District sues electrical contractor for ‘cheating’ wages from employees
The District is suing Power Design Inc., accusing the electrical contractor of “cheating” wages from 535 employees.
D.C. Attorney General Karl Racine announced a $2.6 million lawsuit against Power Design for classifying electricians it hired as independent contractors “in a scheme to cut costs and avoid legal responsibilities.”
“When companies misclassify employees as independent contractors, they steal from their workers and gain an unfair advantage over competitors that follow the law,” Mr. Racine said Monday in a statement. “District employers that illegally misclassify workers are now on notice that their theft will not be tolerated.”
D.C. Councilmember Elissa Silverman, at-large independent and chair of the Labor Committee, said Tuesday that she was “thrilled” to hear of the lawsuit.
Ms. Silverman said it’s good news for the companies who testified in a labor oversight hearing earlier this year to asked her for more wage law enforcement in the city.
“They want bad actors like Power Design to be taken to court and taken to task for not following the law,” she said, “because it puts Power Design at a competitive advantage when they are not following our labor laws and they are able to undercut other contractors for bid proposals.”
Power Design did not return phone calls Monday and Tuesday seeking comment.
Labor groups in the city have long said that contractors underbid each other for projects by skirting the District’s Workplace Fraud Act. The law requires contractors to consider their workers as employees with minimum wage and benefits like sick leave and overtime. Workers can be classified as independent contractors only if the company can prove they are self-employed and not hired for “core” company work.
Firms that intentionally misclassify employees as independent contractors to cut costs can face fines from $1,000 to $5,000 per worker.
The D.C. attorney general’s office wrote in its lawsuit that Power Design hired two Maryland labor brokers JVA Services LLC and DDK Electric Inc. also named in the suit to procure workers and mislabel them.
Councilmember Charles Allen, Ward 6 Democrat, wrote to the attorney general in March requesting investigators be sent to the company’s work sites after labor groups had approached him with concerns about the practice.
Ms. Silverman also has warned city officials for the past year that Power Design has a history of bad business. She was referring to almost 20 lawsuits in 20 years against Power Design for unfair pay, not paying benefits, negligence, injuries, and discrimination, according to The Washington City Paper.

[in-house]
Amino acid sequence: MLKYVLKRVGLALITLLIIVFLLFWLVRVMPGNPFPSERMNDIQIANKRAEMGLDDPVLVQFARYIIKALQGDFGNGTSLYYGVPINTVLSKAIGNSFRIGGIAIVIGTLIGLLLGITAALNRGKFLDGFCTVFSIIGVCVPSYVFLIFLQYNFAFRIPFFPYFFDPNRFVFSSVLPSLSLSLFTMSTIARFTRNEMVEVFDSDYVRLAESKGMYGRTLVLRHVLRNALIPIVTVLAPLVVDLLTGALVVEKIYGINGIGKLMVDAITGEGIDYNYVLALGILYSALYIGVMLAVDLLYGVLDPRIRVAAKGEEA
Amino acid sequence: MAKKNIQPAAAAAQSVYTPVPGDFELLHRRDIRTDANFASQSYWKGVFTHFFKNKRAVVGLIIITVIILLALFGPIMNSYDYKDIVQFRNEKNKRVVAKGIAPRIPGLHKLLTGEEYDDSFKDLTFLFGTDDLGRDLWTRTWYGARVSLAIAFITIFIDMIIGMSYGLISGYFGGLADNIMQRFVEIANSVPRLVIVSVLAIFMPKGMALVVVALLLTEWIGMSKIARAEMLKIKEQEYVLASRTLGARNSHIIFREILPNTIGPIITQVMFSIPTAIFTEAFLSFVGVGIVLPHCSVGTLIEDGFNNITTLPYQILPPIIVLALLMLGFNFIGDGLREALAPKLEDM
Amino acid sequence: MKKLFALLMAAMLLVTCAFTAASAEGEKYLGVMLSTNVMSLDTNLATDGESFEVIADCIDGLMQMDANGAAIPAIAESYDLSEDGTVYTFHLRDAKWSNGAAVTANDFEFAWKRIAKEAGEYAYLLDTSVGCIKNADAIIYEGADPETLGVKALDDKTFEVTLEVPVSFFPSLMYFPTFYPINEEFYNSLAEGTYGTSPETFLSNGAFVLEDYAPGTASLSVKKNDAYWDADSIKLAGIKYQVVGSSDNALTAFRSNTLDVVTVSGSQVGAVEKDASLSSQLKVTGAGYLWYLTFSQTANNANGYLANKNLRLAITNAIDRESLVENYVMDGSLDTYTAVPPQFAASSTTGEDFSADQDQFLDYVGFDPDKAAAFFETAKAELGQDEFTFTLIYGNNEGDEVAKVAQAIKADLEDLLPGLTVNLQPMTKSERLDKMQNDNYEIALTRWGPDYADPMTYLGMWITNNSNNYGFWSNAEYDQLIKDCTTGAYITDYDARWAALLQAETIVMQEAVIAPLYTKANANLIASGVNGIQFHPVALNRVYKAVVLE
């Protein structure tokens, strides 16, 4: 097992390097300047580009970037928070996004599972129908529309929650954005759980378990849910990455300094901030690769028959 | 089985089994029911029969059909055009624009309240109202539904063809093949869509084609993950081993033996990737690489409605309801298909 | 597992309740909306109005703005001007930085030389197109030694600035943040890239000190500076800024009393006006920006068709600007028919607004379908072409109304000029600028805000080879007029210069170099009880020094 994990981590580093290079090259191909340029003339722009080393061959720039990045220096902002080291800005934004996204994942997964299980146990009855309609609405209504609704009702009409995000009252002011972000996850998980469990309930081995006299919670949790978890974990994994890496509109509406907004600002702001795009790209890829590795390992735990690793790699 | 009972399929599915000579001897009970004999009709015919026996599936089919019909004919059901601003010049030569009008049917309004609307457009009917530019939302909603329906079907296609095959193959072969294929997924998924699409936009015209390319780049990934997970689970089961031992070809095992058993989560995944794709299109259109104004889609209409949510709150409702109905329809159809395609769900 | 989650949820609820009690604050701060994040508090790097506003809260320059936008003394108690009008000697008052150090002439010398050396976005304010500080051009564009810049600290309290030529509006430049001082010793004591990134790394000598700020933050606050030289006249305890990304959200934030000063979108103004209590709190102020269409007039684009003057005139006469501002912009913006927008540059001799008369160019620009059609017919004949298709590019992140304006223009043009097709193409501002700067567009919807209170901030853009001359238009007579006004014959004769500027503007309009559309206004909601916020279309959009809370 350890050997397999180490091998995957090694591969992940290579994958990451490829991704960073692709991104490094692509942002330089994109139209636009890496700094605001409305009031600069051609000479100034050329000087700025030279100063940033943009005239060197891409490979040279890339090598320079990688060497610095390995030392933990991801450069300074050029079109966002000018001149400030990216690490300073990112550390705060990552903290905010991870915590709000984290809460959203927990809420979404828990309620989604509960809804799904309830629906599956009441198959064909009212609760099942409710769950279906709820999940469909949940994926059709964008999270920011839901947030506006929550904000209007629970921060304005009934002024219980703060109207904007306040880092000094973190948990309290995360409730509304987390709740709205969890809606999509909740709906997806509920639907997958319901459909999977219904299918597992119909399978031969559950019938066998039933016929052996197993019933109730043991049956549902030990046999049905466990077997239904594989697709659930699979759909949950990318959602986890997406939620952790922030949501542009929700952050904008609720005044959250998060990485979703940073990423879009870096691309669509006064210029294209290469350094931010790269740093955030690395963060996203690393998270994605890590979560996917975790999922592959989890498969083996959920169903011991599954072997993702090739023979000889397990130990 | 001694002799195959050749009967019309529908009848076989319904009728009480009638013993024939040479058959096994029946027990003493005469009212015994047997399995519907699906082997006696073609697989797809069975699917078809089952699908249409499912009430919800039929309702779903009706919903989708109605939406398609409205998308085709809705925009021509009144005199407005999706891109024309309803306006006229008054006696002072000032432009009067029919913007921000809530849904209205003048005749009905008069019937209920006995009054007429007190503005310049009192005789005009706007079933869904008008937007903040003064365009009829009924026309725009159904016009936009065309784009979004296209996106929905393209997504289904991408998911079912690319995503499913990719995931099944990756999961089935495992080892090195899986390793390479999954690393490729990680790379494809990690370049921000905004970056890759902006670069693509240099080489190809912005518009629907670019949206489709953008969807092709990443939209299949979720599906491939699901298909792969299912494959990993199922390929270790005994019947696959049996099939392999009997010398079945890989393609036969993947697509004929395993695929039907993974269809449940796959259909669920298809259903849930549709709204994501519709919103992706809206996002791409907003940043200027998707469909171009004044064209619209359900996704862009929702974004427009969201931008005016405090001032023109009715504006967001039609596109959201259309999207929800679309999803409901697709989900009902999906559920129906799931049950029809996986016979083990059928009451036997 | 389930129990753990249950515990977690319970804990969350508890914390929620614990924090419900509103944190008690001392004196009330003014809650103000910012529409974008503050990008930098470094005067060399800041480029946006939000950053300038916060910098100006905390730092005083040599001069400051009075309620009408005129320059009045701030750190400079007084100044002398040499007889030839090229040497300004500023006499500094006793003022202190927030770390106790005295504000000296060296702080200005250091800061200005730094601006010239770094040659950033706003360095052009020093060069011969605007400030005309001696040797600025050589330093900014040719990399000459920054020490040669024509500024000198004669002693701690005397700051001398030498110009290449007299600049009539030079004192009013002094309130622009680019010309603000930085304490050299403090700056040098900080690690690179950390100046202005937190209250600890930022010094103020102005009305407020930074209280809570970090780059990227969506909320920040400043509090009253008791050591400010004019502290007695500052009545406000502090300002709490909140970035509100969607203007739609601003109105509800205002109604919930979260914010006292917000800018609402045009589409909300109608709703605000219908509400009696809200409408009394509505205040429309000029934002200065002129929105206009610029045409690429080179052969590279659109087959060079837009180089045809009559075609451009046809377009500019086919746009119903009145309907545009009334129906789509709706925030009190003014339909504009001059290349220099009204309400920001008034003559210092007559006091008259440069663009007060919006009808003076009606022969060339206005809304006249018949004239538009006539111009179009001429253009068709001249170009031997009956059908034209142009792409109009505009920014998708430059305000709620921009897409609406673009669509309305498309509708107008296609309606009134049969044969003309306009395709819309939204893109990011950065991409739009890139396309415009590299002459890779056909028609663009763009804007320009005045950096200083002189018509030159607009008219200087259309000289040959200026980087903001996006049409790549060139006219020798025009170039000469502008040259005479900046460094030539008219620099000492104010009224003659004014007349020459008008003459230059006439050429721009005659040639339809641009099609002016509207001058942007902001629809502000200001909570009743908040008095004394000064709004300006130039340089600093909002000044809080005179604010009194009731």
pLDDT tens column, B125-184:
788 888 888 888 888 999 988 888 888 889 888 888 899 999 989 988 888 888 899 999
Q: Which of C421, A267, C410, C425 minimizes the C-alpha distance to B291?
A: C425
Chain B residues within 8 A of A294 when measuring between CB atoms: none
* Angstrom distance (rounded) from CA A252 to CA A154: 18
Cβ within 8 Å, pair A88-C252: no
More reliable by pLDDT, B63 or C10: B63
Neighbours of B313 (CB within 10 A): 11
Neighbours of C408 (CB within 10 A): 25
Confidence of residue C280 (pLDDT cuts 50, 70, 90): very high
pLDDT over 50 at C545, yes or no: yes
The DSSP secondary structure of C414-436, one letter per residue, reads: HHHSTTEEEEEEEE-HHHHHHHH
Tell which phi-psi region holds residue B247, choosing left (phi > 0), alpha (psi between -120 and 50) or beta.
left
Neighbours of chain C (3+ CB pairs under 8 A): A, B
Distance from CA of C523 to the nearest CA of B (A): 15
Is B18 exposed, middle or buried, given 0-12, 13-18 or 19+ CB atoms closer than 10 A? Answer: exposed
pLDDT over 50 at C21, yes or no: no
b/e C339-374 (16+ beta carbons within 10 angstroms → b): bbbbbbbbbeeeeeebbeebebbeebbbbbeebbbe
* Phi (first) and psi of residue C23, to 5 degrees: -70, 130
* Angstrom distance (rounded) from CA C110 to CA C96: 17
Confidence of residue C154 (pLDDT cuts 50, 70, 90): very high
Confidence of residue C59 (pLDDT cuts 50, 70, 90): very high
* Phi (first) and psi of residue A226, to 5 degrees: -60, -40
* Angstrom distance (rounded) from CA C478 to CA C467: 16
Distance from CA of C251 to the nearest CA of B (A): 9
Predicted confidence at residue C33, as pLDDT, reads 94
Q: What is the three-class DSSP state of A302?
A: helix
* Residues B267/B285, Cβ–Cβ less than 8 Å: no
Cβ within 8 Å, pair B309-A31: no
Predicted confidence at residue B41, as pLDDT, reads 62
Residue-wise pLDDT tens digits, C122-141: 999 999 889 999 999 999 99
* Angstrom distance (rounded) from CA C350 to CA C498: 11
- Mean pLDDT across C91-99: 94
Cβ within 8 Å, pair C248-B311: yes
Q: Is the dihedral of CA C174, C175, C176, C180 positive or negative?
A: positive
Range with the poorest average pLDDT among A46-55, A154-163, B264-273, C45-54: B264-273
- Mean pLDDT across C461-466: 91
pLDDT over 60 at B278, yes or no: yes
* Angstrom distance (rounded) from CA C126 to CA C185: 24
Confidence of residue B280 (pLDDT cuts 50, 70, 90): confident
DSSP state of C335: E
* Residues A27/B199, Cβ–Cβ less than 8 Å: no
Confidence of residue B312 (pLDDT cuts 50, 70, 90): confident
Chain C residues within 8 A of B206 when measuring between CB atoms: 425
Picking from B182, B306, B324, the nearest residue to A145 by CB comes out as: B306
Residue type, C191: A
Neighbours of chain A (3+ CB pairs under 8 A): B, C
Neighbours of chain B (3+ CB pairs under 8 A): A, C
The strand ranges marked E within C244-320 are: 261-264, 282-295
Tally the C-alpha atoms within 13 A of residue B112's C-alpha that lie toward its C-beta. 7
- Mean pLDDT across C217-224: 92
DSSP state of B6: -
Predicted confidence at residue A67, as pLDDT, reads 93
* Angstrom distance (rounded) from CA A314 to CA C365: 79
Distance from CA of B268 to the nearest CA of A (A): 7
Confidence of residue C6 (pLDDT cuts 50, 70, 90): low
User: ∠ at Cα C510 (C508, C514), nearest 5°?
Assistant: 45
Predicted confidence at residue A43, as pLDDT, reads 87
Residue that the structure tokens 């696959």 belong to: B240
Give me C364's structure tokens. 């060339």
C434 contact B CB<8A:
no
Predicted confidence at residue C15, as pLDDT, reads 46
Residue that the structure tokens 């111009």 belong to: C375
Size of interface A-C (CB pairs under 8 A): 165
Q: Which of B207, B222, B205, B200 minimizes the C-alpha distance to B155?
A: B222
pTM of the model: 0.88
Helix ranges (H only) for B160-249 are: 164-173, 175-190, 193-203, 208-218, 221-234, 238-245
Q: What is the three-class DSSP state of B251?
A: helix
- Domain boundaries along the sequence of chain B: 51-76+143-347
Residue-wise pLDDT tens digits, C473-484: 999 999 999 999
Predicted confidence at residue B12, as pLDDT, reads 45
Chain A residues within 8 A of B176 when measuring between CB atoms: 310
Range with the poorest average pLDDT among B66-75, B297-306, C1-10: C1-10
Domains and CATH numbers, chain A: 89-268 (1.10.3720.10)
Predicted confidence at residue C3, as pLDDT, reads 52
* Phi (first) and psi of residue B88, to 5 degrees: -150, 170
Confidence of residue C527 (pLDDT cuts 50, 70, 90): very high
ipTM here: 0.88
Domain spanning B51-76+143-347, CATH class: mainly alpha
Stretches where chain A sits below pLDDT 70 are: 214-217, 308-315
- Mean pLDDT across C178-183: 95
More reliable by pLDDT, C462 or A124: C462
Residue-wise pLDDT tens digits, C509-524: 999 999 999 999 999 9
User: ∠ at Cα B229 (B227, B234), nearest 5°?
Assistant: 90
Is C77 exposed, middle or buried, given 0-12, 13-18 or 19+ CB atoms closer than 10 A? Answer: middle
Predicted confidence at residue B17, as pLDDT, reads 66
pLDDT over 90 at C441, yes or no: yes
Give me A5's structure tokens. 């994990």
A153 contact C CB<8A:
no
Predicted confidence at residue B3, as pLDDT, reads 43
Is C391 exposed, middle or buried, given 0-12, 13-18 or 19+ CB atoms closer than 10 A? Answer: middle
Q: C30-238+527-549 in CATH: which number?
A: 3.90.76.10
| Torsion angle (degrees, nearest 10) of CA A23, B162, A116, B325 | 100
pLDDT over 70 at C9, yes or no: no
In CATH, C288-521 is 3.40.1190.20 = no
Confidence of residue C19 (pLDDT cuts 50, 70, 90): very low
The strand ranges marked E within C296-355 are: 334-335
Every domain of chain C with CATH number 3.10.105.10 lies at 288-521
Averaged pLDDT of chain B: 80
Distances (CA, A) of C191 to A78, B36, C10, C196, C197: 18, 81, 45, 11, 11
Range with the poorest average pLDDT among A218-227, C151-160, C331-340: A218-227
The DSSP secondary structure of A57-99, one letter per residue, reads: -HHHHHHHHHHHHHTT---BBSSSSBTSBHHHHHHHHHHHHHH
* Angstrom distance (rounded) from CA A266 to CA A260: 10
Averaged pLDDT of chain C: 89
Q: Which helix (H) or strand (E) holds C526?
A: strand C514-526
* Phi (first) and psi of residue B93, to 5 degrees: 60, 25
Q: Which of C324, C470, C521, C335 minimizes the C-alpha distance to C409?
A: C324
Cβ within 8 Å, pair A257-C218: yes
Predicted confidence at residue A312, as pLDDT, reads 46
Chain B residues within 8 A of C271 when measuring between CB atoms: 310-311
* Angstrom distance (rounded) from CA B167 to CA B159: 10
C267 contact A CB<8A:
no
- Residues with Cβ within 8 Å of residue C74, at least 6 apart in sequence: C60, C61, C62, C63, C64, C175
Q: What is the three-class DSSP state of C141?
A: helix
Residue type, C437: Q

Despite her objections, the D.C. Department of Employment recertified Power Design for business last July, saying the company had settled the lawsuits.
Power Design has since secured bids for major projects in the District, including the Adam’s Morgan Line Hotel and the Bower luxury apartments at the Navy Yard. The Florida-based company currently is valued at more than $100 million, according to the attorney general’s office.
The attorney general’s lawsuit also claims that Power Design paid at least 64 workers less than minimum wage and failed to maintain adequate payroll records or pay the District’s unemployment insurance tax.
Labor activist coalition D.C. Jobs with Justice staged protests outside several of Power Design’s work sites over the past year, citing concerns about the company’s wage practices.
Power Design previously called activists’ allegations about wage theft “unfounded” in an December interview with The Times. Elizabeth Falcon, executive director D.C. Jobs with Justice said Tuesday she hopes the lawsuit,“would raise awareness of how this business model works in the construction industry. And that it’s not a sustainable business model in the District.”
Adams Morgan neighbors earlier this year accused Power Design of reneging on its promise to hire 51 percent local workers in exchange for a 20-year, $46 million tax abatement to rebuild the Line Hotel.
Since then, D.C. Auditor Kathy Patterson reported that the city has largely failed to enforce the its local hiring preference laws in the construction industry, bolstering the activists’ claims. The audit resulted in a D.C. Council hearing, chaired by Ms. Silverman, in which a lawyer for Power Design called the rules a “punitive attack posture.”
Former Advisory Neighborhood Commissioner Bryan Weaver wrote the Adams Morgan deal with Power Design, and has since led a protested against the company for failing to uphold its agreement to hire local and pay fairly.
“The one-two punch of Kathy Patterson’s oversight and Racine’s enforcement might finally give The District of Columbia a carrot and stick in enforcement of Paper Tiger laws that have been on the books for decades but never enforced,” he told The Times in a social media message.